Maritime Charities Target Ratings With Extra Cash For Training
The Maritime Charities Group (MCG) is reminding ratings who’ve lost work due to Covid-19 that funding is available towards training and refresher courses that could help them get a new job or a new contract in the industry. Applications to the MCG Retraining and Redundancy Bursary, which was launched in November last year, have been coming in at a steady rate but the response from ratings has been lower than anticipated. Figures out this week show that over three quarters of successful applications came from officers.
Chair of MCG, Commander Graham Hockley LVO RN said: “We’re delighted with the response to the bursary, and, with over 30 applications approved so far and over £15k awarded in grants, it’s going really well. But the number of applications from ratings is relatively low, especially from those in the ferry industry. We want to redress the balance, so we’re sending a message out to ratings that the fund is available to them too. Whether it’s help with job applications and interviews, or funding for a refresher course, the MCG bursary is there for you. Just go to the Marine Society website and apply today.”
The fund now stands at £40k thanks to generous contributions from MCG members Merchant Navy Welfare Board and Trinity House, and a successful application to the Nautilus Slater Fund. It is aimed at UK-based merchant seafarers who have lost their job or been unable to renew their contract as a direct result of Covid-19 and need help towards training for a new role in the industry. Applicants can claim up to £500 towards training or qualifications of their choice. The fund is managed by the Marine Society on behalf of MCG.
Successful applicants John Jess and Peter Strachan couldn’t praise the scheme highly enough. John has been at sea for over 20 years but was made redundant last October. He put the money towards four STCW refresher courses which enabled him to take on a new contract, as he explained:
“I’ve been a marine engineer since I left school, working mainly in the deep sea merchant fleet and more recently in oil and gas, specifically offshore drilling. With the onset of Covid-19 the company I worked for made everyone on my rig redundant. I thought about getting a job ashore but decided I should renew my STCW courses and continue working at sea.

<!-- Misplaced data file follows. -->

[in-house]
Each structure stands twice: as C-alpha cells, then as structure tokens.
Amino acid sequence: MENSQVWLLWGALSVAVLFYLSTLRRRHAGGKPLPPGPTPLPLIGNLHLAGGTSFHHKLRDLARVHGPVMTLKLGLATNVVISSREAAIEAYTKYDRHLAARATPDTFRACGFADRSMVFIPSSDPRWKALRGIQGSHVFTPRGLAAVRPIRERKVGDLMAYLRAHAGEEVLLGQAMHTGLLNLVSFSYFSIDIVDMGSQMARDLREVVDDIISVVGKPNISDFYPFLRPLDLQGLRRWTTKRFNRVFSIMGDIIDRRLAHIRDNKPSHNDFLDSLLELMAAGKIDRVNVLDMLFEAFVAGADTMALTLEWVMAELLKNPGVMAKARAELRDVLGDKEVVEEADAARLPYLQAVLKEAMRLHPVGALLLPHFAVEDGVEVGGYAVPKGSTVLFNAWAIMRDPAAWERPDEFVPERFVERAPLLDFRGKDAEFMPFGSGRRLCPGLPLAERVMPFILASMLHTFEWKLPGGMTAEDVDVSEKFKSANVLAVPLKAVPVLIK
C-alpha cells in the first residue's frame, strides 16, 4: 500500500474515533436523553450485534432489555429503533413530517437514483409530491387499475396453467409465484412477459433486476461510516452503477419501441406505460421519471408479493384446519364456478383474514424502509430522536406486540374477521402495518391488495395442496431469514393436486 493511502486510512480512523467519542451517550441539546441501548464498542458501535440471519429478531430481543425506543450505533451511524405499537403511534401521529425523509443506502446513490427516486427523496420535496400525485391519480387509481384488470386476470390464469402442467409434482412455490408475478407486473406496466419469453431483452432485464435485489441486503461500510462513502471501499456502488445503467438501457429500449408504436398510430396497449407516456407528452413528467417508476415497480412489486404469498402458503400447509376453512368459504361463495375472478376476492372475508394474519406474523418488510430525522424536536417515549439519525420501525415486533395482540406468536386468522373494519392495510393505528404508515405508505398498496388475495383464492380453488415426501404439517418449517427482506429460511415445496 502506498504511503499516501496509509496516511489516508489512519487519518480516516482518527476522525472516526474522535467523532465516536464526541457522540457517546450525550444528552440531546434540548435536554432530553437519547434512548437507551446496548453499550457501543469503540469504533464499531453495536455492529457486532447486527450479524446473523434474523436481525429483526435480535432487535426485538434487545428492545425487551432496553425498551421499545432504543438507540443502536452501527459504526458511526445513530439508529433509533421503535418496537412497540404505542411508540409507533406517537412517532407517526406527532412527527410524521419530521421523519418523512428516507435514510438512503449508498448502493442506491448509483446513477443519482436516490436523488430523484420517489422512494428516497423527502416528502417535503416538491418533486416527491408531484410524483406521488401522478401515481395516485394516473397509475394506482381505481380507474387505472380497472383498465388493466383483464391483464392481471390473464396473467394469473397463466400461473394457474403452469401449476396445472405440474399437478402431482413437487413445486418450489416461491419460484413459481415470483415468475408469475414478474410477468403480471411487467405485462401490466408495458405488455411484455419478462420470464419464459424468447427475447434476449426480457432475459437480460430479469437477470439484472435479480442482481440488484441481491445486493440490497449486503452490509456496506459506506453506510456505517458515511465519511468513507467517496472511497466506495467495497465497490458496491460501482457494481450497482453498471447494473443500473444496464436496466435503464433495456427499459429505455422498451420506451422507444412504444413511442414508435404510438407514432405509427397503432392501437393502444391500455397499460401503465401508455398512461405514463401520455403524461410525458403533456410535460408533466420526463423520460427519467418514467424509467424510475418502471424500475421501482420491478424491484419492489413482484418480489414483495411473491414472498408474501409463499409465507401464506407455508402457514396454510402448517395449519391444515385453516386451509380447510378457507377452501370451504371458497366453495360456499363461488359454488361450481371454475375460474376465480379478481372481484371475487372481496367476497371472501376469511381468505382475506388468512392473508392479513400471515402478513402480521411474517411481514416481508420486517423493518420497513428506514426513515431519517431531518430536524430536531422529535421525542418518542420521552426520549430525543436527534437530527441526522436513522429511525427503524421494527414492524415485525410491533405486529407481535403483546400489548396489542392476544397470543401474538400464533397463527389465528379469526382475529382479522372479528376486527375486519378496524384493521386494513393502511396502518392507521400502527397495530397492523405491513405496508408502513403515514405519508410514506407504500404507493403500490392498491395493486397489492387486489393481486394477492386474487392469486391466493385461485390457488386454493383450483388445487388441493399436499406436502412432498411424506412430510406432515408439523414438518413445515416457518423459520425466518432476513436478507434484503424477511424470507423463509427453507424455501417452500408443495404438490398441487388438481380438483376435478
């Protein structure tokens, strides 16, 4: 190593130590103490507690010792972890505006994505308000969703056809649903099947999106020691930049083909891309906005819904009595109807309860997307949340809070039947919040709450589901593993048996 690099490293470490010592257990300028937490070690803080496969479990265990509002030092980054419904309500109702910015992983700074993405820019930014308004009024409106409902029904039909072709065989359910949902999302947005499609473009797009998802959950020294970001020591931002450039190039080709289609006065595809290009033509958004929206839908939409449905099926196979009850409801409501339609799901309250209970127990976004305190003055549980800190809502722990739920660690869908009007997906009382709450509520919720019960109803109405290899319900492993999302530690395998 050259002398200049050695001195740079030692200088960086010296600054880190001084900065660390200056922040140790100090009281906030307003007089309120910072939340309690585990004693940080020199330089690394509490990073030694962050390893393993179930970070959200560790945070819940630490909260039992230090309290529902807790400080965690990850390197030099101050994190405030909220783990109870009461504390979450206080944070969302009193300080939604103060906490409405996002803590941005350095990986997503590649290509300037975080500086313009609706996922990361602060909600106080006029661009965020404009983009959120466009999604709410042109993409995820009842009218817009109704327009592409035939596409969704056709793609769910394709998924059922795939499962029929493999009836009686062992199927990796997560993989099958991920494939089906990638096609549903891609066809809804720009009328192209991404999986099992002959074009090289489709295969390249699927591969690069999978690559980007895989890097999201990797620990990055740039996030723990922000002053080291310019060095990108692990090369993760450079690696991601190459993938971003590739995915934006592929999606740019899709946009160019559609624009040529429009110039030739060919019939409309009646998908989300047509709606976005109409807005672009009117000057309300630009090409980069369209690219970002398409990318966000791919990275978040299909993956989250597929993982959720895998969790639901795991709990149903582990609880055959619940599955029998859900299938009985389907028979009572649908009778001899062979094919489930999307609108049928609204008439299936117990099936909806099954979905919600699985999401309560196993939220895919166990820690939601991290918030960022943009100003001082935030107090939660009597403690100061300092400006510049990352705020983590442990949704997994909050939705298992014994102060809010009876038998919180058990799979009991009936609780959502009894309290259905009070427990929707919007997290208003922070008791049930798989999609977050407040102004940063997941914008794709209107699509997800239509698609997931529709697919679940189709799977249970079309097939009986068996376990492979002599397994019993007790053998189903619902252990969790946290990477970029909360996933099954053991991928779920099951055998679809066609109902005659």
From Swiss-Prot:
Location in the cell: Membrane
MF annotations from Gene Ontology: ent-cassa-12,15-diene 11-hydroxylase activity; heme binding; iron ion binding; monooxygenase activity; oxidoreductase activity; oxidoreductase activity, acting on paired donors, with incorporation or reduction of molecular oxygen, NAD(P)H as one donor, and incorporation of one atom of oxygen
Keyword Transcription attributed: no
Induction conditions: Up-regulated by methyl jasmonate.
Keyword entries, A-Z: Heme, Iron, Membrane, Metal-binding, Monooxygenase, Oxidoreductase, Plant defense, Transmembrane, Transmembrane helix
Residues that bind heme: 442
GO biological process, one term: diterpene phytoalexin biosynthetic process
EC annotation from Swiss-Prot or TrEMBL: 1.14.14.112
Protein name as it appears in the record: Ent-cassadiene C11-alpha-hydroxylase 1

I saw the adverts for the bursary fund and, as my certificates were due for renewal in March, thought I would apply. I was unemployed at the time and had an offer to start work again soon but needed to get my STCW courses refreshed urgently.
The process was quick and easy. Everything was clearly explained on the Marine Society website and in the application form. I filled in the forms and sent them off.
Thankfully I heard very quickly that my application had been successful. I received £500 pounds towards my STCW refresher courses – 4 of them in total – and this paid the majority of the fees. Having passed the courses I was then able to accept a new contract.
I’d say to anyone in a similar position, take this opportunity and apply for a grant either for a refresher course or towards training for something new in the sector. It’s a really good way to enhance your skills and improve your job prospects in these hard times.”
Peter Strachan was also out of work and used his grant to help him move into offshore wind. “I’ve been at sea since I left school over forty years ago,” said Peter. ”I started out as a fisherman then moved on to standby, supply, dive ships and then drill ships, where I’ve been working for the last 12 years.
In October 2020 my contract came to an end. That was the first time I’ve ever been unemployed. I want to move into offshore wind – I think it’s a good direction to go in as opposed to oil and gas.
Almost all the work at the moment is through agencies and you need to have all your certificates up to date and ready to go. At over £1000 a time this is a considerable expense with no guarantee of a job. So when I heard about the grant I applied straight away for help with the windfarm industry courses.
Applying for the fund was easy even for a technophobe like me. I used the grant towards the GWO basic course which cost almost £1300.”
Source: Maritime Charities Group